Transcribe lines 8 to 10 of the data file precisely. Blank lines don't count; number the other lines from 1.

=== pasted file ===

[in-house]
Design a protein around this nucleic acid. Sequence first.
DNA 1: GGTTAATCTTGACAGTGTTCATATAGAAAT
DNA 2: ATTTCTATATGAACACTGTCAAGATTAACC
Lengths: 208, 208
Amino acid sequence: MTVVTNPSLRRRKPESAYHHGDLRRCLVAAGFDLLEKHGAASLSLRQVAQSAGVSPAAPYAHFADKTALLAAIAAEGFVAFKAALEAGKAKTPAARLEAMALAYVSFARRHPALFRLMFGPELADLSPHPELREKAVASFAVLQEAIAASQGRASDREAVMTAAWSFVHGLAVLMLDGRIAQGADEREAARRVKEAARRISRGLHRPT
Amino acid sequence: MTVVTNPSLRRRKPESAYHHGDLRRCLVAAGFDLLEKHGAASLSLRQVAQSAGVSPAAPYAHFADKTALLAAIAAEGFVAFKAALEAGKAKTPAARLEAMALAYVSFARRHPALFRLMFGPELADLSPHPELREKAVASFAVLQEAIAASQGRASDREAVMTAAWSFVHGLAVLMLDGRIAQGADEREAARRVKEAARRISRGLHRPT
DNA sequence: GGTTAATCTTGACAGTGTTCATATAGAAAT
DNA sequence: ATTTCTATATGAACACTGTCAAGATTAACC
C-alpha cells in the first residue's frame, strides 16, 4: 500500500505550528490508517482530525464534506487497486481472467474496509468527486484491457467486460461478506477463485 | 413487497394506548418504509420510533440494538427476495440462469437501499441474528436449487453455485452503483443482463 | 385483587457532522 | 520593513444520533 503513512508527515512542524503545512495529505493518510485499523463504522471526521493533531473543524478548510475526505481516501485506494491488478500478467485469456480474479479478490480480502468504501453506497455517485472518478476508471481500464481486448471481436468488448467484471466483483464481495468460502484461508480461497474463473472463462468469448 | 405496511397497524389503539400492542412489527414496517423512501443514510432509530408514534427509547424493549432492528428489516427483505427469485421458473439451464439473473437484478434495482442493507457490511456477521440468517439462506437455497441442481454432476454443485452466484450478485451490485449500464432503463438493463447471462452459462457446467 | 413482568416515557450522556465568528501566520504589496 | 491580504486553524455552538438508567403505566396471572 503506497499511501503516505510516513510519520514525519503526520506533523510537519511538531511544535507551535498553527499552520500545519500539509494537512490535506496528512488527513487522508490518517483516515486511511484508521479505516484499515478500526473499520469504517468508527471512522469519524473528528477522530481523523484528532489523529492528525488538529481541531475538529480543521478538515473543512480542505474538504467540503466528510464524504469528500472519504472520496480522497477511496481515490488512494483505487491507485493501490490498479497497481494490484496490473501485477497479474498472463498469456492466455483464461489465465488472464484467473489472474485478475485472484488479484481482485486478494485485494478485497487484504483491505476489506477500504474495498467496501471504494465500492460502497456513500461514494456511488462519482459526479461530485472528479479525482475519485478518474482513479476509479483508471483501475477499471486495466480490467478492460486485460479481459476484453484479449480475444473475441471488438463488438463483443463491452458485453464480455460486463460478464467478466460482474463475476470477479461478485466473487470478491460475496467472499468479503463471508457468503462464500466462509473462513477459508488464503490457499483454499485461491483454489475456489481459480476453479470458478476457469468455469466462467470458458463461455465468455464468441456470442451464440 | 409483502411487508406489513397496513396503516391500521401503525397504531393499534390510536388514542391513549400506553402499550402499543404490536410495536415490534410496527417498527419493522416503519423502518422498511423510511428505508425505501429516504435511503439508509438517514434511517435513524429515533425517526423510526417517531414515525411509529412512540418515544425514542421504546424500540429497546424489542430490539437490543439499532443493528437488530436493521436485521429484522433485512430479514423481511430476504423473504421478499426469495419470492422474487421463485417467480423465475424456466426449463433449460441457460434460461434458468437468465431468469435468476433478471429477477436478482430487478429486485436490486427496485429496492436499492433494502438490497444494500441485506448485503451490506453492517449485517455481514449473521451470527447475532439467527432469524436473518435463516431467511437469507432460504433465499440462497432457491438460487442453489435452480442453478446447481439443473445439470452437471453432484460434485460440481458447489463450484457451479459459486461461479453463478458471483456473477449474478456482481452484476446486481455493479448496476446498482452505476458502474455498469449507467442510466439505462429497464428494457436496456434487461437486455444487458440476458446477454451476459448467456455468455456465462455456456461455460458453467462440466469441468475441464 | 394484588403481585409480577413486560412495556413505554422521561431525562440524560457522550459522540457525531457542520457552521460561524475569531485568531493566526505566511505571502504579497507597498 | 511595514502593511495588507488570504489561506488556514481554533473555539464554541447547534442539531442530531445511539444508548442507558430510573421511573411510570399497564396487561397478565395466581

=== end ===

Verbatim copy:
DNA sequence: GGTTAATCTTGACAGTGTTCATATAGAAAT
DNA sequence: ATTTCTATATGAACACTGTCAAGATTAACC
C-alpha cells in the first residue's frame, strides 16, 4: 500500500505550528490508517482530525464534506487497486481472467474496509468527486484491457467486460461478506477463485 | 413487497394506548418504509420510533440494538427476495440462469437501499441474528436449487453455485452503483443482463 | 385483587457532522 | 520593513444520533 503513512508527515512542524503545512495529505493518510485499523463504522471526521493533531473543524478548510475526505481516501485506494491488478500478467485469456480474479479478490480480502468504501453506497455517485472518478476508471481500464481486448471481436468488448467484471466483483464481495468460502484461508480461497474463473472463462468469448 | 405496511397497524389503539400492542412489527414496517423512501443514510432509530408514534427509547424493549432492528428489516427483505427469485421458473439451464439473473437484478434495482442493507457490511456477521440468517439462506437455497441442481454432476454443485452466484450478485451490485449500464432503463438493463447471462452459462457446467 | 413482568416515557450522556465568528501566520504589496 | 491580504486553524455552538438508567403505566396471572 503506497499511501503516505510516513510519520514525519503526520506533523510537519511538531511544535507551535498553527499552520500545519500539509494537512490535506496528512488527513487522508490518517483516515486511511484508521479505516484499515478500526473499520469504517468508527471512522469519524473528528477522530481523523484528532489523529492528525488538529481541531475538529480543521478538515473543512480542505474538504467540503466528510464524504469528500472519504472520496480522497477511496481515490488512494483505487491507485493501490490498479497497481494490484496490473501485477497479474498472463498469456492466455483464461489465465488472464484467473489472474485478475485472484488479484481482485486478494485485494478485497487484504483491505476489506477500504474495498467496501471504494465500492460502497456513500461514494456511488462519482459526479461530485472528479479525482475519485478518474482513479476509479483508471483501475477499471486495466480490467478492460486485460479481459476484453484479449480475444473475441471488438463488438463483443463491452458485453464480455460486463460478464467478466460482474463475476470477479461478485466473487470478491460475496467472499468479503463471508457468503462464500466462509473462513477459508488464503490457499483454499485461491483454489475456489481459480476453479470458478476457469468455469466462467470458458463461455465468455464468441456470442451464440 | 409483502411487508406489513397496513396503516391500521401503525397504531393499534390510536388514542391513549400506553402499550402499543404490536410495536415490534410496527417498527419493522416503519423502518422498511423510511428505508425505501429516504435511503439508509438517514434511517435513524429515533425517526423510526417517531414515525411509529412512540418515544425514542421504546424500540429497546424489542430490539437490543439499532443493528437488530436493521436485521429484522433485512430479514423481511430476504423473504421478499426469495419470492422474487421463485417467480423465475424456466426449463433449460441457460434460461434458468437468465431468469435468476433478471429477477436478482430487478429486485436490486427496485429496492436499492433494502438490497444494500441485506448485503451490506453492517449485517455481514449473521451470527447475532439467527432469524436473518435463516431467511437469507432460504433465499440462497432457491438460487442453489435452480442453478446447481439443473445439470452437471453432484460434485460440481458447489463450484457451479459459486461461479453463478458471483456473477449474478456482481452484476446486481455493479448496476446498482452505476458502474455498469449507467442510466439505462429497464428494457436496456434487461437486455444487458440476458446477454451476459448467456455468455456465462455456456461455460458453467462440466469441468475441464 | 394484588403481585409480577413486560412495556413505554422521561431525562440524560457522550459522540457525531457542520457552521460561524475569531485568531493566526505566511505571502504579497507597498 | 511595514502593511495588507488570504489561506488556514481554533473555539464554541447547534442539531442530531445511539444508548442507558430510573421511573411510570399497564396487561397478565395466581